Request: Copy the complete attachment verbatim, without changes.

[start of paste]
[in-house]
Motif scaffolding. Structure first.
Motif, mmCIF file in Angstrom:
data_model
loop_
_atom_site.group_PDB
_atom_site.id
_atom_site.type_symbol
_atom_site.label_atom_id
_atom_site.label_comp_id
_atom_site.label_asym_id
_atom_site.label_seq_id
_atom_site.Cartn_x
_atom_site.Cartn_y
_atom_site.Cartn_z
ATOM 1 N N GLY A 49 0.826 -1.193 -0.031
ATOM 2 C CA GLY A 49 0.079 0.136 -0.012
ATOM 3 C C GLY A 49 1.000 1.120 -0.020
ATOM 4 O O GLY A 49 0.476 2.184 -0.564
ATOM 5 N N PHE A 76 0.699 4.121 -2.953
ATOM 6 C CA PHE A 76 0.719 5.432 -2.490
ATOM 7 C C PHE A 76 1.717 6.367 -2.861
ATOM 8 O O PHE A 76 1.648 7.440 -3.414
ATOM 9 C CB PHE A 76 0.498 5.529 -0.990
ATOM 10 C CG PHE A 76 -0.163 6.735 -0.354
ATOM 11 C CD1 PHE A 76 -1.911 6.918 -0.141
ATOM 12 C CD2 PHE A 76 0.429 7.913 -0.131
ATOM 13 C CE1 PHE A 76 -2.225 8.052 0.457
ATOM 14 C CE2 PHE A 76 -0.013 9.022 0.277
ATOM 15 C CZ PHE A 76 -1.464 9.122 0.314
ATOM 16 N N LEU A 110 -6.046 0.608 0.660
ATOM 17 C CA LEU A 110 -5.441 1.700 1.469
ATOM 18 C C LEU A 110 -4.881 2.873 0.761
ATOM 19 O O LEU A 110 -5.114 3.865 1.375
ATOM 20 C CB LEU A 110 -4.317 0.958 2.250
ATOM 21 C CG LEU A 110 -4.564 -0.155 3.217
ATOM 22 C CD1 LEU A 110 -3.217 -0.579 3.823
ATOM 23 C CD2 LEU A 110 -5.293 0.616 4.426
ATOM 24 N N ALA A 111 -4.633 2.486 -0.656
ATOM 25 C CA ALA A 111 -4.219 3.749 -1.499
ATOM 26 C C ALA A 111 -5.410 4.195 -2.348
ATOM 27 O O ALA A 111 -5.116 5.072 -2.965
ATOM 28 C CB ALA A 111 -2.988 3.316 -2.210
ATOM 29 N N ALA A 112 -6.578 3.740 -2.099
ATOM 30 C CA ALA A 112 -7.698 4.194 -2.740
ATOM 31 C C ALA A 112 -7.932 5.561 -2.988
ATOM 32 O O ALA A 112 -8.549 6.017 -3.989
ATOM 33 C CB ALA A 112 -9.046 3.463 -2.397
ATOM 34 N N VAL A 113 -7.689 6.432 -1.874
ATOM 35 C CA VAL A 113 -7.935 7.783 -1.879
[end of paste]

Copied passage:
[in-house]
Motif scaffolding. Structure first.
Motif, mmCIF file in Angstrom:
data_model
loop_
_atom_site.group_PDB
_atom_site.id
_atom_site.type_symbol
_atom_site.label_atom_id
_atom_site.label_comp_id
_atom_site.label_asym_id
_atom_site.label_seq_id
_atom_site.Cartn_x
_atom_site.Cartn_y
_atom_site.Cartn_z
ATOM 1 N N GLY A 49 0.826 -1.193 -0.031
ATOM 2 C CA GLY A 49 0.079 0.136 -0.012
ATOM 3 C C GLY A 49 1.000 1.120 -0.020
ATOM 4 O O GLY A 49 0.476 2.184 -0.564
ATOM 5 N N PHE A 76 0.699 4.121 -2.953
ATOM 6 C CA PHE A 76 0.719 5.432 -2.490
ATOM 7 C C PHE A 76 1.717 6.367 -2.861
ATOM 8 O O PHE A 76 1.648 7.440 -3.414
ATOM 9 C CB PHE A 76 0.498 5.529 -0.990
ATOM 10 C CG PHE A 76 -0.163 6.735 -0.354
ATOM 11 C CD1 PHE A 76 -1.911 6.918 -0.141
ATOM 12 C CD2 PHE A 76 0.429 7.913 -0.131
ATOM 13 C CE1 PHE A 76 -2.225 8.052 0.457
ATOM 14 C CE2 PHE A 76 -0.013 9.022 0.277
ATOM 15 C CZ PHE A 76 -1.464 9.122 0.314
ATOM 16 N N LEU A 110 -6.046 0.608 0.660
ATOM 17 C CA LEU A 110 -5.441 1.700 1.469
ATOM 18 C C LEU A 110 -4.881 2.873 0.761
ATOM 19 O O LEU A 110 -5.114 3.865 1.375
ATOM 20 C CB LEU A 110 -4.317 0.958 2.250
ATOM 21 C CG LEU A 110 -4.564 -0.155 3.217
ATOM 22 C CD1 LEU A 110 -3.217 -0.579 3.823
ATOM 23 C CD2 LEU A 110 -5.293 0.616 4.426
ATOM 24 N N ALA A 111 -4.633 2.486 -0.656
ATOM 25 C CA ALA A 111 -4.219 3.749 -1.499
ATOM 26 C C ALA A 111 -5.410 4.195 -2.348
ATOM 27 O O ALA A 111 -5.116 5.072 -2.965
ATOM 28 C CB ALA A 111 -2.988 3.316 -2.210
ATOM 29 N N ALA A 112 -6.578 3.740 -2.099
ATOM 30 C CA ALA A 112 -7.698 4.194 -2.740
ATOM 31 C C ALA A 112 -7.932 5.561 -2.988
ATOM 32 O O ALA A 112 -8.549 6.017 -3.989
ATOM 33 C CB ALA A 112 -9.046 3.463 -2.397
ATOM 34 N N VAL A 113 -7.689 6.432 -1.874
ATOM 35 C CA VAL A 113 -7.935 7.783 -1.879